Brazilian president Luiz Inácio Lula da Silva compared candidate Dilma Rousseff to a mother and told her, if elected, to always think about the poor. Lula and Ms Rousseff participated in a political rally in the metropolitan São Paulo.
“It’s not the father but the mother which forges our character,” said Lula who also cautioned Ms Rousseff about the people who will surround her if she’s elected Brazil’s first woman president next October 3.
“There will be many people round you, trying to fence you in. Whenever in doubt don’t think about me, think about the poor,” said Lula.
Ms Rousseff promised that if elected she “will be a mother for our people…I won’t commit mistakes so that women can have more access and opportunities of reaching government.”
She added that Brazilians will recall with their hearts the two (consecutive) administrations of President Lula because of the social policies he implemented “which helped so many Brazilians out of poverty.”
“Only one thing is going to comfort us when Lula steps down and that is that I will give continuity to his government and his policies, there’s no going back,” promised Dilma Rousseff who’s leading her main contender by at least ten points according to the latest opinion polls.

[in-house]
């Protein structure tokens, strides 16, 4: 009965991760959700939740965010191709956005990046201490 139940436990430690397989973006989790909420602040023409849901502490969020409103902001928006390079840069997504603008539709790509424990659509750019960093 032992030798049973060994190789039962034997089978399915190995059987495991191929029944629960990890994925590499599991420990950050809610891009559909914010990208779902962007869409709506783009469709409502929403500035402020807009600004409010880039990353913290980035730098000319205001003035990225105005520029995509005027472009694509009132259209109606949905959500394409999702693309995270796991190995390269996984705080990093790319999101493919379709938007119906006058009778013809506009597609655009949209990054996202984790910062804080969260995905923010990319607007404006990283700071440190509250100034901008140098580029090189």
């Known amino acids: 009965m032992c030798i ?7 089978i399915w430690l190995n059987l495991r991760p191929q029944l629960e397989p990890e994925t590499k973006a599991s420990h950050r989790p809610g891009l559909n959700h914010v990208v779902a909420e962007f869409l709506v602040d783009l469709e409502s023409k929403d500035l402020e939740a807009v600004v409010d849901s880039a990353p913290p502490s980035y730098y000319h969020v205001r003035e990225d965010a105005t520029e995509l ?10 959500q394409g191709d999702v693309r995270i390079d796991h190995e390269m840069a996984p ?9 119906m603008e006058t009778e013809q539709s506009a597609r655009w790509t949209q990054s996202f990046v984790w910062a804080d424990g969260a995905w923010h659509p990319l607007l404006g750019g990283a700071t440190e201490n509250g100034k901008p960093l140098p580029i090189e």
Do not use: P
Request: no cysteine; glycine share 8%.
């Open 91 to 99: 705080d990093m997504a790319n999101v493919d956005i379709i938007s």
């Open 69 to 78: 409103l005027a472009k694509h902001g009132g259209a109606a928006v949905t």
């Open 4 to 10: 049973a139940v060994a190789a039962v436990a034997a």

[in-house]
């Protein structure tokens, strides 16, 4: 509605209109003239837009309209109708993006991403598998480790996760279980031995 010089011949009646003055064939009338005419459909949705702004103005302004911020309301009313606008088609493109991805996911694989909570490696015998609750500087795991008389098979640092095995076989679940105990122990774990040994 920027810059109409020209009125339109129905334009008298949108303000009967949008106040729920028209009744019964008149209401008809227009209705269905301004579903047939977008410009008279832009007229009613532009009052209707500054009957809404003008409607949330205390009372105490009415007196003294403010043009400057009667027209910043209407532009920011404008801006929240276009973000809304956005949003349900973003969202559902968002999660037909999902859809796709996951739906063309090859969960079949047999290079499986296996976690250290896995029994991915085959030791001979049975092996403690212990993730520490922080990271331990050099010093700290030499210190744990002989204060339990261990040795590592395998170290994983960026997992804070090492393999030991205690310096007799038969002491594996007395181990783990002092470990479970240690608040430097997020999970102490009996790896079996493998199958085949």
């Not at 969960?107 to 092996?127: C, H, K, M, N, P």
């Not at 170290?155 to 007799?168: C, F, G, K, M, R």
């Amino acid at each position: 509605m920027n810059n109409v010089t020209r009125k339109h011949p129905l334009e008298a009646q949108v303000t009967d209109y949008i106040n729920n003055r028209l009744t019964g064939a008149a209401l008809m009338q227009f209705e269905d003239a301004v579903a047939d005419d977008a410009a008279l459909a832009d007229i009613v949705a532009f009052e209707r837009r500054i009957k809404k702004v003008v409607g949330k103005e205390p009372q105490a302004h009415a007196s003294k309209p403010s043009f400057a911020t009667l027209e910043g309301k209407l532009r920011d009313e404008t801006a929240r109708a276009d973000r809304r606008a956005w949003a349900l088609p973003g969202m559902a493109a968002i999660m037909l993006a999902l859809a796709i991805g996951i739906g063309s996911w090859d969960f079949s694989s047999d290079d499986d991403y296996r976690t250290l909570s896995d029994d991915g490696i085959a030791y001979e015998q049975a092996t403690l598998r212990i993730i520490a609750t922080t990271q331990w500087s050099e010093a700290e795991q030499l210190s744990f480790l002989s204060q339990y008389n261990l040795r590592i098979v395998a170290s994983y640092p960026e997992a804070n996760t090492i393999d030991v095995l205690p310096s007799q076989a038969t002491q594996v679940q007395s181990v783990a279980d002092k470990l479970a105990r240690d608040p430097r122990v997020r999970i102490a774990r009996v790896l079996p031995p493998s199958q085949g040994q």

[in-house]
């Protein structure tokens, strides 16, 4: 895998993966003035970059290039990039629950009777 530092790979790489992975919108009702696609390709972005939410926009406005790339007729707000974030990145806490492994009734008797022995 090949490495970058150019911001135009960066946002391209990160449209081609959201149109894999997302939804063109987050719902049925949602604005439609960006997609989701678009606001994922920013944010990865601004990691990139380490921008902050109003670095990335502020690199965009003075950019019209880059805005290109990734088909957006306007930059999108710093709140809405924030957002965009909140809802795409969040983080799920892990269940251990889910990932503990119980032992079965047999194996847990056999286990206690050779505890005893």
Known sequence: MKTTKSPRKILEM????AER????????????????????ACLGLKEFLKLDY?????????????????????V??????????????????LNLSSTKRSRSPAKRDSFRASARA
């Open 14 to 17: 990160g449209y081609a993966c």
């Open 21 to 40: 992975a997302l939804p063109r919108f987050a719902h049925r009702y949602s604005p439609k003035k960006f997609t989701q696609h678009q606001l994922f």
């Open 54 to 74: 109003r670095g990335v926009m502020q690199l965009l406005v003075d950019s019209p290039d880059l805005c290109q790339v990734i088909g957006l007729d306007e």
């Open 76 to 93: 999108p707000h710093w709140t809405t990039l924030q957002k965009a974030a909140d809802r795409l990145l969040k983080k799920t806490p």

Lula in other rallies has said Ms Rousseff is his “incarnation” as a woman (that will continue his policies) and even compared the candidate with Jesus Christ for all the sufferings and persecutions she suffered when a guerrilla in the sixties and seventies.
In related news the government announced that Lula’s radio program “Coffee with the President” will cease to be aired following claims from the opposition that it is being used to promote the candidacy of incumbent candidate Ms Rousseff.
The main opposition party PSDB anticipated it would present a demand next week but the Lula administration informed the Electoral Tribunal that it would be off the air beginning Monday.
“The president uses the program to promote government actions and indirectly support for Ms Rousseff his minister and cabinet chief for seven years.” said the opposition’s action.
PSDB candidate José Serra also questioned the recent creation of TV Brazil, a government channel which he described as “an instrument to make propaganda in favor of the administration and employ journalists close to the government.”
Serra addressing a convention of journalists also questioned the so-called “social control” of the media promoted by the Lula administration, which he said was equivalent to restricting freedom of the press and a form of “censorship”.
The Lula administration reacted quickly to the statements with a wide range statement.
“The press in Brazil is free. The press investigates, and – ceases to investigate – what it pleases. Publishes, and does not publish, what ever it wishes. It formalizes opinion, and ceases to judge, what it feels best. All Brazilians know that is how it works,” said a release signed by the Communications Secretary Franklin Martins.
President Lula has clashed on several occasions with the large media organizations in Brazil.
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